Current techniques used to detect events that appear in the heart are not effective in identifying subtle differences in cardiac electrical activity that may affect the type of treatment provided to the patient There is. For example, in detecting events such as ventricular tachycardia (VT), many current approaches can accurately distinguish an event from another event, such as a wide QRS width, supraventricular tachycardia (SVT). On the other hand, supraventricular tachycardia with a wide QRS often appears in the electrocardiogram (ECG) and electrogram (EGM) in the same manner as ventricular tachycardia. In contrast to ventricular tachycardia, the onset of supraventricular tachycardia may not be a problem and may require treatment that is not very different. On the other hand, ventricular tachycardia can be a fatal disease and often requires urgent medical treatment in the form of shock therapy.

  To identify such events, many IMDs utilize interval-based and morphological-based algorithms that rely on the analysis of electrical signals from ECG or EGM. In some cases, the presence of electrical noise or interference from the body or other sources due to pacing artifacts (eg, noise generated by pacemakers) can cause sensor leads to detect signals accurately. May affect ability. Such an approach is effective in detecting certain types of events, but may not be useful in identifying events such as ventricular tachycardia and supraventricular tachycardia.

  The present disclosure relates to systems and methods for performing rhythm discrimination within a body based on sensed hemodynamic signals. In some embodiments, the method includes receiving an electrical activity signal from an electrode located in or near the heart, detecting a cardiac event based on the received electrical activity signal, Sensing one or more mechanical measurements with a located sensor; analyzing a mechanical activity signal received from the sensor; and detecting an event based on an analysis of the mechanical and electrical activity signals Confirming. In some embodiments, the sensor comprises a single pressure sensor implanted at a location in the body, such as the main pulmonary artery, and is configured to sense both atrial and ventricular contractions of the heart. At this time, the appropriate type of treatment may be provided to the patient based on the type of event identified by analyzing the mechanical and electrical signals.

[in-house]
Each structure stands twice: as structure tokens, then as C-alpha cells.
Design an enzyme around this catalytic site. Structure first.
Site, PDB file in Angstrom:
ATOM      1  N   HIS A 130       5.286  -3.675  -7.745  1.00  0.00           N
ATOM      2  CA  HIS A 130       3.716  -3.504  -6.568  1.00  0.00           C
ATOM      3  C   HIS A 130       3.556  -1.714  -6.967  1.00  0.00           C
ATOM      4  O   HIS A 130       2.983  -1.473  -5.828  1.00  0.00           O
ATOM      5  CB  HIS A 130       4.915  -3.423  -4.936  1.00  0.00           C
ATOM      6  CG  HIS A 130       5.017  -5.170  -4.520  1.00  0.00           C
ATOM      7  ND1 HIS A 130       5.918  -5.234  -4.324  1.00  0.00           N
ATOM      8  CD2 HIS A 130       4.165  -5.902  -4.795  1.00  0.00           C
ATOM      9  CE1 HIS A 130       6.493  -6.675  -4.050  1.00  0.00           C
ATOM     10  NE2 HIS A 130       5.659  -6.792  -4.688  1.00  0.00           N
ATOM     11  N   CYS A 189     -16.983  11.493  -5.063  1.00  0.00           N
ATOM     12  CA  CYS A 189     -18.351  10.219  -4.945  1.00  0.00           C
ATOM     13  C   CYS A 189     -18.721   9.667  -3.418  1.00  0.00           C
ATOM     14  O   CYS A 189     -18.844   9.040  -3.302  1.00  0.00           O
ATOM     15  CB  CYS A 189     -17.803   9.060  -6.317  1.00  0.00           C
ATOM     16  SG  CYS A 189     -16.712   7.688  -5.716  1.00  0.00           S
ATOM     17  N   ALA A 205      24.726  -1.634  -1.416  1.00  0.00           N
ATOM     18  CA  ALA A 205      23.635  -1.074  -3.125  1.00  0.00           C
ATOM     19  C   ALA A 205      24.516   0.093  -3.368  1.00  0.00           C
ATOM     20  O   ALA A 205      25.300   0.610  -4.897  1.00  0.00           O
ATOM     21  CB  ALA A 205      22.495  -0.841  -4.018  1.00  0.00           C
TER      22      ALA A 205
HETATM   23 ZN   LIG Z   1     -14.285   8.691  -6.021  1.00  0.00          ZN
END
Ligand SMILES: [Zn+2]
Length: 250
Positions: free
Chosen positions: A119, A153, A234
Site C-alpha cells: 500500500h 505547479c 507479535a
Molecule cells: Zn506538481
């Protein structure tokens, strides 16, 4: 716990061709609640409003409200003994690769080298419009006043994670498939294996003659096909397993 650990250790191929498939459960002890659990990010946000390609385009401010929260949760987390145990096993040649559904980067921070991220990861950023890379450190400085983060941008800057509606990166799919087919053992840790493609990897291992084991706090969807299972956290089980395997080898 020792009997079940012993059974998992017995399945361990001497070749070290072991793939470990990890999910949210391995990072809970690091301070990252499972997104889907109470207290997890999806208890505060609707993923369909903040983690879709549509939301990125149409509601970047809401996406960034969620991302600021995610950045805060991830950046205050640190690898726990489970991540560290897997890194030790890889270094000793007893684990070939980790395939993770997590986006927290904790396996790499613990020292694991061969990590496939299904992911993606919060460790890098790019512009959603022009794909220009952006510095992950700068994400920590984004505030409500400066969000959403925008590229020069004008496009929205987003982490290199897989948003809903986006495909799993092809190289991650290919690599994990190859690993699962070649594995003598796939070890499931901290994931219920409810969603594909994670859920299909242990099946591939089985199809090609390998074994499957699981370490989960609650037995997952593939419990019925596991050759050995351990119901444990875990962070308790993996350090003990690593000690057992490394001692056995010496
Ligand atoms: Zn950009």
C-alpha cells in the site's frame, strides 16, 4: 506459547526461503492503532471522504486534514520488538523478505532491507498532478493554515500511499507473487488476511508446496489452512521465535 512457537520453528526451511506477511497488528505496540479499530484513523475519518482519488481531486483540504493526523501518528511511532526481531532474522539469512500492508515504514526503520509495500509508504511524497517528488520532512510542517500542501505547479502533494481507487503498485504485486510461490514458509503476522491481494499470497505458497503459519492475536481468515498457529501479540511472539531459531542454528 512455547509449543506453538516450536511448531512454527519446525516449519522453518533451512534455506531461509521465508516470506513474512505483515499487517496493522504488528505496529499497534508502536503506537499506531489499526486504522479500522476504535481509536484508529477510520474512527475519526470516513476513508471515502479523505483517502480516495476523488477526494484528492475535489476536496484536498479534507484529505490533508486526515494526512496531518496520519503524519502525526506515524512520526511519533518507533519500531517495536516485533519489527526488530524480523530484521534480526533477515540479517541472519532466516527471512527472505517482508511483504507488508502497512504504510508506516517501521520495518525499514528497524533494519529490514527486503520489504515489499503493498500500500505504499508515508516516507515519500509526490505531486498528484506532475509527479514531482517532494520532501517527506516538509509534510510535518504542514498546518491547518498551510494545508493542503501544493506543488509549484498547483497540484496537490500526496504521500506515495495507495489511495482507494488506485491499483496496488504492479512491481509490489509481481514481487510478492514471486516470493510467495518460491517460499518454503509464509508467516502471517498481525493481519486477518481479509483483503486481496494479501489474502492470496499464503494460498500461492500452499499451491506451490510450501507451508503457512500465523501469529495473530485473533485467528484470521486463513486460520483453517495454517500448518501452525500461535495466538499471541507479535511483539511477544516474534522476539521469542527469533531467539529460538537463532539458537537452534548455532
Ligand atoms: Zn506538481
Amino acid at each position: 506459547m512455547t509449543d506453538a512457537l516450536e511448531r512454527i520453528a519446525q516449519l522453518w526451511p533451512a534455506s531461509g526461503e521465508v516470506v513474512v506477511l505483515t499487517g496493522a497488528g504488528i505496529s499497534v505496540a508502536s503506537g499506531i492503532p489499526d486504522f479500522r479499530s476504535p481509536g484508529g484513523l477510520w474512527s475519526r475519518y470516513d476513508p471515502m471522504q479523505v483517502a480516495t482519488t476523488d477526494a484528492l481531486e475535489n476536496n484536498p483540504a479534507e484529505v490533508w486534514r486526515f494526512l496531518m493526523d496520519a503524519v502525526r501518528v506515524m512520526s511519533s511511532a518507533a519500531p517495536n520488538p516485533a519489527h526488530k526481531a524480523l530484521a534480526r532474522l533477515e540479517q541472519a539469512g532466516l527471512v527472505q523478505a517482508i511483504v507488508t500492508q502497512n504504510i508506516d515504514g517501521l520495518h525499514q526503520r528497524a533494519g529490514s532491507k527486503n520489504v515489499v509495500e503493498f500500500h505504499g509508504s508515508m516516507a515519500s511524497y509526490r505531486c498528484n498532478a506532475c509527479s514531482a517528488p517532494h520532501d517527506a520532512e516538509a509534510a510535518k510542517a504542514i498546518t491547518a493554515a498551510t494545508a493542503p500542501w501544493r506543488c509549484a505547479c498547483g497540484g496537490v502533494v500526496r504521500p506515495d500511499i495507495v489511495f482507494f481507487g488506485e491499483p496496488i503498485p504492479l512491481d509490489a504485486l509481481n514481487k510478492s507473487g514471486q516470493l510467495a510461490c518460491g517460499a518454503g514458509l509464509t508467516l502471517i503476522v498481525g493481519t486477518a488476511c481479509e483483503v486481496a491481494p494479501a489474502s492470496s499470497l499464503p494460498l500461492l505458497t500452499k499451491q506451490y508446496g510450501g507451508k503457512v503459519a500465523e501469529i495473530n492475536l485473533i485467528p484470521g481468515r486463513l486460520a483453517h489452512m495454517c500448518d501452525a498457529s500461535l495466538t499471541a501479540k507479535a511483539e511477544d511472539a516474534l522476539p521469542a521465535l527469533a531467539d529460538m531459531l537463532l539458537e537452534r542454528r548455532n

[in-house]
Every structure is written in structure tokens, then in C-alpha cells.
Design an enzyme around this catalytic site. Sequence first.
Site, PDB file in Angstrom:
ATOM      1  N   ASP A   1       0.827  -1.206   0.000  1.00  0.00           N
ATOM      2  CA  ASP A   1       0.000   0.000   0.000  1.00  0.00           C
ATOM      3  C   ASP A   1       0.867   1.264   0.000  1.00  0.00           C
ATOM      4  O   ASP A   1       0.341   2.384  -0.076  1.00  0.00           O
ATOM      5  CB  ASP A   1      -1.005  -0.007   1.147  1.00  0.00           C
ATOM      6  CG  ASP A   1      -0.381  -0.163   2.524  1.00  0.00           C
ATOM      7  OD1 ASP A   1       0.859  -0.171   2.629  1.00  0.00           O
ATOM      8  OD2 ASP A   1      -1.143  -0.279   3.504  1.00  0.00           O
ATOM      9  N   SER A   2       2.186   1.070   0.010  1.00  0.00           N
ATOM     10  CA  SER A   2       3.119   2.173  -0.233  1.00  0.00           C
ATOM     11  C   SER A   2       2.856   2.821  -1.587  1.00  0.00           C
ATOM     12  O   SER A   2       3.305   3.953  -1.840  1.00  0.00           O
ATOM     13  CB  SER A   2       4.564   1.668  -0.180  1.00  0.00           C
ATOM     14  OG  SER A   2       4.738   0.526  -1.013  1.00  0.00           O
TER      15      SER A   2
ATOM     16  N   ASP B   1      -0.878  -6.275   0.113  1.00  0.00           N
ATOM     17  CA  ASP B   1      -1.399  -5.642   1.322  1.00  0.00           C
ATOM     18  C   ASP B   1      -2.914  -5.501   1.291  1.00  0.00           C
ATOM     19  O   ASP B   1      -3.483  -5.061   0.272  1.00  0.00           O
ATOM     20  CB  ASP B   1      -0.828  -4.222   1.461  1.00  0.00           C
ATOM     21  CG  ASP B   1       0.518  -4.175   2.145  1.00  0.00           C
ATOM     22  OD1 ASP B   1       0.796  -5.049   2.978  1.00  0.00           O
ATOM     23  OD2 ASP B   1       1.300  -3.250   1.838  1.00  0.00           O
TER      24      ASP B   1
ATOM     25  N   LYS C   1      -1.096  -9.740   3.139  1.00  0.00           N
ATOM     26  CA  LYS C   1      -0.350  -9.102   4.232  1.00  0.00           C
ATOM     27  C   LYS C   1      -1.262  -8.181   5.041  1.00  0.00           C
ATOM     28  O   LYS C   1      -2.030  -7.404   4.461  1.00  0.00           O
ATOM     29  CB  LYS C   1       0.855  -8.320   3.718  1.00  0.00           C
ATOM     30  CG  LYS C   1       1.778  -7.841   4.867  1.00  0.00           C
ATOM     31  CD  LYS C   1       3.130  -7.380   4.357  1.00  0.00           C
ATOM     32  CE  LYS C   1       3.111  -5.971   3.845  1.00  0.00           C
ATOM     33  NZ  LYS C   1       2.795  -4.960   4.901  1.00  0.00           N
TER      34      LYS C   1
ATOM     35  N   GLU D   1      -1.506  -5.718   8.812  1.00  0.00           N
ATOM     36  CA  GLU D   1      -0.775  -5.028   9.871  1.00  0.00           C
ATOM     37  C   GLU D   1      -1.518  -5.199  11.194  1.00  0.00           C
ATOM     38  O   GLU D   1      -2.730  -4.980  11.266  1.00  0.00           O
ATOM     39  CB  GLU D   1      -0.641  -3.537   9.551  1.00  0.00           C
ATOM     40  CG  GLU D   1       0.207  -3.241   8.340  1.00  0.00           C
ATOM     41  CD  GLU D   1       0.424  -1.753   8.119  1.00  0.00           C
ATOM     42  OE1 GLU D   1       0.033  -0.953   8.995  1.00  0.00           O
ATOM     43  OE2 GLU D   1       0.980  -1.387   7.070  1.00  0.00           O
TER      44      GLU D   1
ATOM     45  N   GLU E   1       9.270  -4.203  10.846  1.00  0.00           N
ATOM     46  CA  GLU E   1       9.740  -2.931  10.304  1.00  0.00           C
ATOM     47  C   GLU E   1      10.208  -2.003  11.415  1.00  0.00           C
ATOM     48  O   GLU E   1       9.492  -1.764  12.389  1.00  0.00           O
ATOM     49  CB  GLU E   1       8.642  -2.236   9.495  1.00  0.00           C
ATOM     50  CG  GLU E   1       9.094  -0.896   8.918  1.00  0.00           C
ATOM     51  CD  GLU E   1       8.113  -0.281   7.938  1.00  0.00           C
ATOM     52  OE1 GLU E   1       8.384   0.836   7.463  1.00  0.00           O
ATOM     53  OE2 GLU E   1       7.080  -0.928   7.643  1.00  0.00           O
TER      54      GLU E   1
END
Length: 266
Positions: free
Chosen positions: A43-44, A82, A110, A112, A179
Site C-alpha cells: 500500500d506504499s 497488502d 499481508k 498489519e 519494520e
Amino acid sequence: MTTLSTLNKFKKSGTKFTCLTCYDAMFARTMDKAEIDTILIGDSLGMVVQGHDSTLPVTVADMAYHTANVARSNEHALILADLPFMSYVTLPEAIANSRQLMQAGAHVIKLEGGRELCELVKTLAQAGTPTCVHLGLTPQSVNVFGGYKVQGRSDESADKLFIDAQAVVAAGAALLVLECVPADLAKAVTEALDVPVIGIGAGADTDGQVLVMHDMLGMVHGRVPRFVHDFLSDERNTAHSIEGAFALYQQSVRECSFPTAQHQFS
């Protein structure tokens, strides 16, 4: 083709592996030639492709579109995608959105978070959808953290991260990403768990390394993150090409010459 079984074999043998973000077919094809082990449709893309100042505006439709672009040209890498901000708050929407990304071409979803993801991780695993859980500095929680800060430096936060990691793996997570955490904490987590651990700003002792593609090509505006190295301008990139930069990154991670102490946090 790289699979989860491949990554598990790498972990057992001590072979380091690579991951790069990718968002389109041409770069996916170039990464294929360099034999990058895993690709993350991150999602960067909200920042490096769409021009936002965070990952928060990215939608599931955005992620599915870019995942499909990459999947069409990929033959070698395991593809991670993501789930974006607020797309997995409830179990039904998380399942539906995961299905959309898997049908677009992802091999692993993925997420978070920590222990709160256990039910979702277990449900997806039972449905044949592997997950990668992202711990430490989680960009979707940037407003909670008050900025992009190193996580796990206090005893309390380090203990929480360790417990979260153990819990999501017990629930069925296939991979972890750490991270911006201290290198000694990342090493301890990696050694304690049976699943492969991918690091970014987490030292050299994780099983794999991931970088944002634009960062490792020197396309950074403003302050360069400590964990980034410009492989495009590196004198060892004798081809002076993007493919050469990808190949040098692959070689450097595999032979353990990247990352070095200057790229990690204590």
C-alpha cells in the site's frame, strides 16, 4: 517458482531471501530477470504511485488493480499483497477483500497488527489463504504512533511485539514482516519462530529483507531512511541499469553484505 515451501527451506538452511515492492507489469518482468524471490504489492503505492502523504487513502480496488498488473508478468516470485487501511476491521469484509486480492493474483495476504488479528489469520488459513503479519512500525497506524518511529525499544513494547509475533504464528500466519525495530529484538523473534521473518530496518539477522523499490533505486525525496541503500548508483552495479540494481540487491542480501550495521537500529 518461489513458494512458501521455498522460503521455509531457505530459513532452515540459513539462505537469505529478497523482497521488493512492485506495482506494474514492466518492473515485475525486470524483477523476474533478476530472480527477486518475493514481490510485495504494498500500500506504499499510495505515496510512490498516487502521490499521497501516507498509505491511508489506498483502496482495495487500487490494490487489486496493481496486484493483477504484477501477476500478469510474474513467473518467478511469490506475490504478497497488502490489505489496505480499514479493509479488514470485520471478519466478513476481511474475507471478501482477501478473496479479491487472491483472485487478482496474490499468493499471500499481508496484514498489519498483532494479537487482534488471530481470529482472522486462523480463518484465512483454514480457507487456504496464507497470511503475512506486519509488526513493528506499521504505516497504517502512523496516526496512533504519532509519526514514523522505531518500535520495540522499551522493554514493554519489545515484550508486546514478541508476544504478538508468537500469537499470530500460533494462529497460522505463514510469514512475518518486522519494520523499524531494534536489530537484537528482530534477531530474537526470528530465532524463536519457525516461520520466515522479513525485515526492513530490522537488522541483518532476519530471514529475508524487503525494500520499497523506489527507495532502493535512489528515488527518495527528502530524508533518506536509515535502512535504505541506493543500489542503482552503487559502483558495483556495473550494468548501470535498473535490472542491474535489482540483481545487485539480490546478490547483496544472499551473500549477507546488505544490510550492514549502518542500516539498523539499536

While multiple embodiments are disclosed, still other embodiments of the present invention will become apparent to those skilled in the art from the following detailed description, which shows and describes illustrative embodiments of the invention. Accordingly, the drawings and detailed description are to be regarded as illustrative in nature and not restrictive.

  While the invention is susceptible to various modifications and alternative forms, specific embodiments are shown by way of example in the drawings and are described in detail below. However, the purpose is not to limit the invention to the particular embodiments described. On the contrary, the invention is intended to cover all modifications, equivalents, and alternatives falling within the scope of the invention as defined by the appended claims.

1 is a schematic diagram of an exemplary system for providing cardiac rhythm management to a patient. FIG. 6 is a flow chart illustrating an exemplary method for identifying rhythm in the body using sensed hemodynamic signals. 6 is a flowchart illustrating an exemplary method for monitoring mechanical atrioventricular synchronization in the heart using sensed hemodynamic signals. 6 is a flow chart illustrating another exemplary method of monitoring mechanical atrioventricular synchronization in the heart using sensed hemodynamic signals. A graphical readout showing a plurality of exemplary electrical and mechanical readings sensed within the patient during the arrhythmia event is included. A graphical readout showing a plurality of exemplary electrical and mechanical readings sensed within the patient during the arrhythmia event is included. FIG. 5B is another view of the graphic readout of FIG. 5A showing an open atrial mechanical window placed at the reference point for readout.